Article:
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light duty H-frame press table hoist

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  • light duty H-frame press table hoist

    The hoist part is light duty, I mean.

    I have a gas-station style Ramco 50 ton hydraulic press. I love it, but it was a bitch to move the table up and down. So I decided to see how cheaply I could build a table hoist mechanism out of an old 660 pound pulling winch. I used super cheap patio door rollers for pulleys. This is the link to the product I bought at Home Depot: https://tinyurl.com/y4lyx68h

    I used a 660 pound winch made by Dutton Lainson. I bought it years ago intending to make a table hoist for a different press, now long gone. Never made that hoist. The winch went with when I sold the press. I told my buddy who bought the press that I'm looking for a cheap winch and he just gave it back to me. It didn't cost much when I bought it. It's pretty light duty at only 660 pounds, but after I got the thing assembled it lifts the table up and down just fine.

    I had a bit of 3/32" aircraft cable. I bought a couple of dollars worth of thimbles and nicopress crimp fittings. That cable is also pretty light, but it seems strong enough.

    My design concept isn't original, but a super-inexpensive implementation is worthy of notice. The way my cables and pulleys are arranged, it isn't possible for one end to be higher than the other. The easiest implementation of a cheap table lift is a winch attached to one end of the table, up and over 2 pulleys down to the other side of the table. Crank and the table goes up. But if one side is heavier than the other that side is free to lift up higher than the other. I didn't want that. My design routes one cable from the table up and over and back down to the winch. There is another cable attached to the other end of the table. It goes up to a pulley then goes horizontally across the top, then bends around a pulley with vertical axis. It then routs around that pulley and is attached to the first cable. So when the winch reels in the one cable, both ends lift in tandem. Here's a pic:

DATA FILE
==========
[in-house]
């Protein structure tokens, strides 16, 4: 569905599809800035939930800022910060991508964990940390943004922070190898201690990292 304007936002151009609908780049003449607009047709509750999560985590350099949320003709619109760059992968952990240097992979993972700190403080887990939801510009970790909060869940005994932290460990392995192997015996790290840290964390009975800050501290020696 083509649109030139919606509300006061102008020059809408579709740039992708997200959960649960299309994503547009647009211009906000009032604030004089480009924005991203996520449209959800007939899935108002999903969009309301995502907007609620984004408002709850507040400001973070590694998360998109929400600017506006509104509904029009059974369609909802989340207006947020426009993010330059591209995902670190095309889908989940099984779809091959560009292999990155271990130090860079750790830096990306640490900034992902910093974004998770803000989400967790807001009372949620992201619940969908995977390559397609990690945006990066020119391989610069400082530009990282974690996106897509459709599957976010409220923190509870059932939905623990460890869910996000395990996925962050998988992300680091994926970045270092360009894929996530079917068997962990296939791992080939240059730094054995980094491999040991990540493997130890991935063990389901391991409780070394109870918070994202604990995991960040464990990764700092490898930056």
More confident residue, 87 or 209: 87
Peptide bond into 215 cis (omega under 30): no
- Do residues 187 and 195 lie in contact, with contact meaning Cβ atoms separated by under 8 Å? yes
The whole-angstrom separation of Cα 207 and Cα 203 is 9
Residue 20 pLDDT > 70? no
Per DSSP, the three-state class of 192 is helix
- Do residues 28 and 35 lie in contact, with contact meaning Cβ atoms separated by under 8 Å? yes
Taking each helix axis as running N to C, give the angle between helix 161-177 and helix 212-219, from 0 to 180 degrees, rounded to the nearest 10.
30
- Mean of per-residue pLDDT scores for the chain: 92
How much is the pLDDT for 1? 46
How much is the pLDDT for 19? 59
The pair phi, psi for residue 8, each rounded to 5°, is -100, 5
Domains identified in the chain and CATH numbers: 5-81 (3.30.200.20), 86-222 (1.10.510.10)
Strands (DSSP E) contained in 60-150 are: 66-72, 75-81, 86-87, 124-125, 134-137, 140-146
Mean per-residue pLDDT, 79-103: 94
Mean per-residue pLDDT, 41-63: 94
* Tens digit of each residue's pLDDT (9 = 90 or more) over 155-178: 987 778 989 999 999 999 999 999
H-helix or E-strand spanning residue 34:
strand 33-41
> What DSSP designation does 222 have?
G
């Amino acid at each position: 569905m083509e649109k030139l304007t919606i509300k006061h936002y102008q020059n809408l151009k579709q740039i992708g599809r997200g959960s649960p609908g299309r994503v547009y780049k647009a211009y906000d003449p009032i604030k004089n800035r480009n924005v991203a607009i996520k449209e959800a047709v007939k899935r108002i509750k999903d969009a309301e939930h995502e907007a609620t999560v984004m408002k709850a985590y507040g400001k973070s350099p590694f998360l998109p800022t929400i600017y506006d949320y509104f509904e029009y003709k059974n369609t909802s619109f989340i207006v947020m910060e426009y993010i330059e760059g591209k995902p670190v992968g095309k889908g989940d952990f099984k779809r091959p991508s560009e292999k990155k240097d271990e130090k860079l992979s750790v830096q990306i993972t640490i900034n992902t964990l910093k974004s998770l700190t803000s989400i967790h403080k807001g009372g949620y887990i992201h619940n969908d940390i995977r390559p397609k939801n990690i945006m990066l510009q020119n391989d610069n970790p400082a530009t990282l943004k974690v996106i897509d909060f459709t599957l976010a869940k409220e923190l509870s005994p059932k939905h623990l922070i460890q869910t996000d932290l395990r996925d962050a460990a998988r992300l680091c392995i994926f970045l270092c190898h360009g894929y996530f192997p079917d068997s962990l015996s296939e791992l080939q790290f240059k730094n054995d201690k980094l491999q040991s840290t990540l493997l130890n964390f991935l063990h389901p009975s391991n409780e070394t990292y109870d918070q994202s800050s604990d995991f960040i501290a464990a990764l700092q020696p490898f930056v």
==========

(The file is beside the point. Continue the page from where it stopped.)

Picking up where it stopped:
I know that image doesn't make it very clear. Here's another:



    All of the pulleys were mounted to a single 1/4x3" piece of steel flat bar. The bar isn't attached to the press - it just sits up there on top. It is restrained from going sideways but if the cables were disconnected, it could lift right off. The cables are attached to attachment points I fabricated. They are very simple pieces with one hole for a vertical eyebolt and two more holes to implement a pinch clamp. Here's another shot: